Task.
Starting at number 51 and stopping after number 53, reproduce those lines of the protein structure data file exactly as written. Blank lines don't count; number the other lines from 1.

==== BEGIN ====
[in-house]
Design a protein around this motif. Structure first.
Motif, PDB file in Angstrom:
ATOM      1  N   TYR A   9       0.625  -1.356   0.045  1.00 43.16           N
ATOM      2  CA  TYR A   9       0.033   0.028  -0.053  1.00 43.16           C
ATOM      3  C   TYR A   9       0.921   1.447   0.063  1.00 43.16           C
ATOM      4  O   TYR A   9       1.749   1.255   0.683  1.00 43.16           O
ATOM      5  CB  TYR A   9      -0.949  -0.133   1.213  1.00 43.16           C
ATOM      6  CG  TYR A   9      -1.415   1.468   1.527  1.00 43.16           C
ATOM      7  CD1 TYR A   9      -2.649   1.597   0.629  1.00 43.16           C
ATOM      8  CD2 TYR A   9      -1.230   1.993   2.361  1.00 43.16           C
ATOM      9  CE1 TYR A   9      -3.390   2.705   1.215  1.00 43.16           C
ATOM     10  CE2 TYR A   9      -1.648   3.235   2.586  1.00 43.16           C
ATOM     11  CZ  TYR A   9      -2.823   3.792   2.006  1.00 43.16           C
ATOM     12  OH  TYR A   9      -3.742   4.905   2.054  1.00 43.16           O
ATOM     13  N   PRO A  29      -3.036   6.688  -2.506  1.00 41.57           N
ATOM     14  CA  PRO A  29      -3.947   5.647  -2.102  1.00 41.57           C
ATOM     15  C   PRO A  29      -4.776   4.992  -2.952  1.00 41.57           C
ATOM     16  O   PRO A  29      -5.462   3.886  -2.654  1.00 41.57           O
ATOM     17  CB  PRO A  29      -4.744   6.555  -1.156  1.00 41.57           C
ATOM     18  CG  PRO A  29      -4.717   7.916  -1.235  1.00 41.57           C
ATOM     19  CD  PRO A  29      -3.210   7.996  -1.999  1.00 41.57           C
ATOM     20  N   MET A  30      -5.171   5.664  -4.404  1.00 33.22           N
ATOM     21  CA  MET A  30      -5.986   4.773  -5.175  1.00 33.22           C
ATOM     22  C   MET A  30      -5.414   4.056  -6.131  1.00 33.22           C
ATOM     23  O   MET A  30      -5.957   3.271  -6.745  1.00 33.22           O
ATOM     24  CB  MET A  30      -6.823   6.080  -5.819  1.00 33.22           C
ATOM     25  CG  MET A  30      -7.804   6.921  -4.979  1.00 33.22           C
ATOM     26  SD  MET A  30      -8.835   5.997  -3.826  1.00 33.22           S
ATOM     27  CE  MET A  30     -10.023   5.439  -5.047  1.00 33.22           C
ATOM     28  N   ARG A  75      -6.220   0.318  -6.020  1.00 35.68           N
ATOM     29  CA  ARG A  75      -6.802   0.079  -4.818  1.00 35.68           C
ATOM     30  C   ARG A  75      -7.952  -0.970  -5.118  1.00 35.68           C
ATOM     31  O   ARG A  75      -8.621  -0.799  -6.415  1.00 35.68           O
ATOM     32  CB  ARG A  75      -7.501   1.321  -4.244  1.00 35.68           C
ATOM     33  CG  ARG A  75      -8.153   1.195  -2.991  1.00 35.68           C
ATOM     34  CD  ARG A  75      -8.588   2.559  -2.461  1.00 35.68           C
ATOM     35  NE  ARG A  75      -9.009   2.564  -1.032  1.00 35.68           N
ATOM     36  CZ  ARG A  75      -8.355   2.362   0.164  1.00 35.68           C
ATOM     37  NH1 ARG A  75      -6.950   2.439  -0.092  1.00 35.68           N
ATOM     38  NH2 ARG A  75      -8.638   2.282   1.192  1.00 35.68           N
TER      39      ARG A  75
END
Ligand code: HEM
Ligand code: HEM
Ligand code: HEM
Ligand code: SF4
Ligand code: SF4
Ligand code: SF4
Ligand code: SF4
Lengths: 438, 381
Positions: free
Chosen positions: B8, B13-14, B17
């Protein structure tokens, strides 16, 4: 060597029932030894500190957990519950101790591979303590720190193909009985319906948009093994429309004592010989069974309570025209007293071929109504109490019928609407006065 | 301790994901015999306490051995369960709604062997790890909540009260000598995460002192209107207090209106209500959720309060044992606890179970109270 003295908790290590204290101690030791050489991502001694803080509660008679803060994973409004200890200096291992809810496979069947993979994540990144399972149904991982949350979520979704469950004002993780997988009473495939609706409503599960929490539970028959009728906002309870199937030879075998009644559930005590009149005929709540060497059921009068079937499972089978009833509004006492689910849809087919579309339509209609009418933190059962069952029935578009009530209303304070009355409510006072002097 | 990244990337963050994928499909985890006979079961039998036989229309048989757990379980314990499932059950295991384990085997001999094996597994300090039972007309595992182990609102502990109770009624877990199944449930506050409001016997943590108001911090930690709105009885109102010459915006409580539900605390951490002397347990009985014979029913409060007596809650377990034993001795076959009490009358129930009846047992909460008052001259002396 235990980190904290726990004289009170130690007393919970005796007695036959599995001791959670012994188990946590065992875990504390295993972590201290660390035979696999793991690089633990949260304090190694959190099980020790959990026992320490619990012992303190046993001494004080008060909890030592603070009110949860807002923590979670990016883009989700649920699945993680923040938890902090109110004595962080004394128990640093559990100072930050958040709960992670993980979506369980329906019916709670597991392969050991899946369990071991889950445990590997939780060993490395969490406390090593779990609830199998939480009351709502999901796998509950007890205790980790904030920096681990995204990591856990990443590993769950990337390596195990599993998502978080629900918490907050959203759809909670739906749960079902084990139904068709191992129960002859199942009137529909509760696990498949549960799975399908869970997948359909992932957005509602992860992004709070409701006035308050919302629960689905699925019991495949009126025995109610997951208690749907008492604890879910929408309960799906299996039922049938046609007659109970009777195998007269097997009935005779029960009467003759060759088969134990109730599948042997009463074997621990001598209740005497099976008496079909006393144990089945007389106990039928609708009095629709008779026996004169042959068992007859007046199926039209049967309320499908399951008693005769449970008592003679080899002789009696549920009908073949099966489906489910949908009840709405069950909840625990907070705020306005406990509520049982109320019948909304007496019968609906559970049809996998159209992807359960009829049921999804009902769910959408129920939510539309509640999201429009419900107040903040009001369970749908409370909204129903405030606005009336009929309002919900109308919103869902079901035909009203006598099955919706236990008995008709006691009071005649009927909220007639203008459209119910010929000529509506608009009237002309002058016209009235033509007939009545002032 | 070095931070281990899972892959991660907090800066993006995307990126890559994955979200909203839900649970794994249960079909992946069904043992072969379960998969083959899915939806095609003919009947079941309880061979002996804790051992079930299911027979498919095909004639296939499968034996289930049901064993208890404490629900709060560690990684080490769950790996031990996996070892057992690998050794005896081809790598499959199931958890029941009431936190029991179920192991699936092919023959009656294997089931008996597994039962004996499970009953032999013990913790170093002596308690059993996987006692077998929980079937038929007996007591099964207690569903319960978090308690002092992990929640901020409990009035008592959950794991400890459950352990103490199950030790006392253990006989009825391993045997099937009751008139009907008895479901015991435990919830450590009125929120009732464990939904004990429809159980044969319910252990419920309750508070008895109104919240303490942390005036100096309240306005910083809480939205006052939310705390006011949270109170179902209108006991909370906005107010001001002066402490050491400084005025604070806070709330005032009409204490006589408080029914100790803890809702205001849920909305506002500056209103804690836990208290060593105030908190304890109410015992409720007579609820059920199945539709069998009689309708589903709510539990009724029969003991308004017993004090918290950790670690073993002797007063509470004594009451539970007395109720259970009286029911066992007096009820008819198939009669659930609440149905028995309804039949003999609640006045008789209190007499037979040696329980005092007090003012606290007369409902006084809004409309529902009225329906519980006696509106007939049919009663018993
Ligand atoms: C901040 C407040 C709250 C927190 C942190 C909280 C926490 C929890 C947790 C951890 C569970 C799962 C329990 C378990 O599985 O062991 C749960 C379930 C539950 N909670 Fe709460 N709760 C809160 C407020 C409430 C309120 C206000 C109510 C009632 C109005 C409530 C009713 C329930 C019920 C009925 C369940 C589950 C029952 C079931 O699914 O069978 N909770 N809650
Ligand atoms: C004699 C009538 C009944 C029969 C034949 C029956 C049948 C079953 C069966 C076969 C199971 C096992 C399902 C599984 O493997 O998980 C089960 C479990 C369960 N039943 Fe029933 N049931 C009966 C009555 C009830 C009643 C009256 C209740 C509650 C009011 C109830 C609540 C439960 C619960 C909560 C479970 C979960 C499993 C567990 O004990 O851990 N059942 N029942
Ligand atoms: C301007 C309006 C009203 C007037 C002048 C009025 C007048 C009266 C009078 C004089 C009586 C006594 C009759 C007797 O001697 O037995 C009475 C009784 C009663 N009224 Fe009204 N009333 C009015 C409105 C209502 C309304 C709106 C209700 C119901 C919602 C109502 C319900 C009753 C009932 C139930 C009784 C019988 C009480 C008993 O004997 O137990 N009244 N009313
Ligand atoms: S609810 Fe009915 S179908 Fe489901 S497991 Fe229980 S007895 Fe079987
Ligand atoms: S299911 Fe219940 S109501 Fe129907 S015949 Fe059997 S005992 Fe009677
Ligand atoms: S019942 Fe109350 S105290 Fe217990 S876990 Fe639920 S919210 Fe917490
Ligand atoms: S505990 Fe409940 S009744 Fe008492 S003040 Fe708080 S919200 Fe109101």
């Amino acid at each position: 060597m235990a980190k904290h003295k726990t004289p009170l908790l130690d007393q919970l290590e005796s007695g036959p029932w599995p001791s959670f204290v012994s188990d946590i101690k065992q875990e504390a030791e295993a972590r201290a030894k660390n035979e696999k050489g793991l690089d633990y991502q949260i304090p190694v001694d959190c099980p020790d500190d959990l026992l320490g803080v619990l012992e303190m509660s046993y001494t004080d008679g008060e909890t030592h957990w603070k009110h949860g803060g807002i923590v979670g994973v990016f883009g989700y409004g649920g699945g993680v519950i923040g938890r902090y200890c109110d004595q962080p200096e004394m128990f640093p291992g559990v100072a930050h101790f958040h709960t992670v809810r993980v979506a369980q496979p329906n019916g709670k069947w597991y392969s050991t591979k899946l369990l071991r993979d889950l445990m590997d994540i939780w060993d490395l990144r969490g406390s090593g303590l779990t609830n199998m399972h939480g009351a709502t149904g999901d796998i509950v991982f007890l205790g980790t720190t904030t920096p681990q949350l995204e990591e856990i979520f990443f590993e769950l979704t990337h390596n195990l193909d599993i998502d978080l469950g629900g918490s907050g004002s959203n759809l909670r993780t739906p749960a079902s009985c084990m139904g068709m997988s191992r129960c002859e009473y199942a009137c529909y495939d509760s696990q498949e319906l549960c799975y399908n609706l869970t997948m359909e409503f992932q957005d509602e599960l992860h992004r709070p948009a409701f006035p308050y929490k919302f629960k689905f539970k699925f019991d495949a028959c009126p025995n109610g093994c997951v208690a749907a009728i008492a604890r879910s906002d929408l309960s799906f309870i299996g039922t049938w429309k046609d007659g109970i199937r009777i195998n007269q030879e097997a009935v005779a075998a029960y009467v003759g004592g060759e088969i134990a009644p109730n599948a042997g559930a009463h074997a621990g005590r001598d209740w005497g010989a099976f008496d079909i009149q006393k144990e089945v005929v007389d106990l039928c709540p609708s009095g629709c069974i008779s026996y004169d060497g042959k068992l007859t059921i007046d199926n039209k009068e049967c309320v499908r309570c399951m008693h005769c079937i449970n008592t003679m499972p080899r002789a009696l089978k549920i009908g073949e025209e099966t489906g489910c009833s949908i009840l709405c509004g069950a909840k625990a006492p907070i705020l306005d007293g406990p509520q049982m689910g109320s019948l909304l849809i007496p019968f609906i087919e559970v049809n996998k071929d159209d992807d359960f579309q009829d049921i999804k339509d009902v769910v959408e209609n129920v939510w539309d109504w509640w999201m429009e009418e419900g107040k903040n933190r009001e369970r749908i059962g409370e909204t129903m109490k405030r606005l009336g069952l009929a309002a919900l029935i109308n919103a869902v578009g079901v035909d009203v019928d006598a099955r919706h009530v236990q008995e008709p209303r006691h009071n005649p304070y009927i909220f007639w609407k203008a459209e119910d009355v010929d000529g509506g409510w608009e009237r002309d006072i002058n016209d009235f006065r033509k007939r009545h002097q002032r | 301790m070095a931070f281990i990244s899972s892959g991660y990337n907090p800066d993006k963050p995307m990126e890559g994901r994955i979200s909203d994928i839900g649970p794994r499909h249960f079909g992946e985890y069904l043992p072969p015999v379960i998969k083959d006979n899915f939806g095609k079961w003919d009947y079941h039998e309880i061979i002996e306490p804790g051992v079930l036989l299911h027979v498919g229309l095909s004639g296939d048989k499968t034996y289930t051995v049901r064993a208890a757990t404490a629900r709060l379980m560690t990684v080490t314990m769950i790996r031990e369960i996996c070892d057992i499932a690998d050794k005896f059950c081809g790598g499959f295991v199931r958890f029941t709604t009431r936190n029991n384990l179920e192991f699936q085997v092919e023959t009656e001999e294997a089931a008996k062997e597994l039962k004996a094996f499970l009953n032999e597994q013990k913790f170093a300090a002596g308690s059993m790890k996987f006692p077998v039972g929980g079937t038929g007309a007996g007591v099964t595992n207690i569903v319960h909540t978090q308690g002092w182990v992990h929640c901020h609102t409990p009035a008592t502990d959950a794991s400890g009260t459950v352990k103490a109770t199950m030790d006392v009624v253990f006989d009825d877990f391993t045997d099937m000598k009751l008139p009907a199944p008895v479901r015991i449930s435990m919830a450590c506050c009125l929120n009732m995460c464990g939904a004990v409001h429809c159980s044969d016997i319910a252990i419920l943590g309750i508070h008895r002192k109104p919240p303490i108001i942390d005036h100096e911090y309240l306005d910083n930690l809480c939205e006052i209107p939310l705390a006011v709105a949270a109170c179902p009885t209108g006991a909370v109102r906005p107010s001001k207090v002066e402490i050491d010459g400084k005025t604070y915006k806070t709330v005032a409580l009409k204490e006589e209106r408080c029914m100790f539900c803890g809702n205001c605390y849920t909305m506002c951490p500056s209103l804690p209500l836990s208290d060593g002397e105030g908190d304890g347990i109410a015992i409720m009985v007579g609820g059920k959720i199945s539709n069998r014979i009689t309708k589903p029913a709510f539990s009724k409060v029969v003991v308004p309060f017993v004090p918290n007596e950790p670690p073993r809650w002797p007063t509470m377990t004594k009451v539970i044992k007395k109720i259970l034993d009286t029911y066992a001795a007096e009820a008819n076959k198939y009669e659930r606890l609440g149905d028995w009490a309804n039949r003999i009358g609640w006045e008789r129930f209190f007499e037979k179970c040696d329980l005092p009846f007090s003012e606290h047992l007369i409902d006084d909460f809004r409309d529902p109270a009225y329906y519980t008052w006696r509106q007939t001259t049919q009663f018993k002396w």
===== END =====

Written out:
Lengths: 438, 381
Positions: free
Chosen positions: B8, B13-14, B17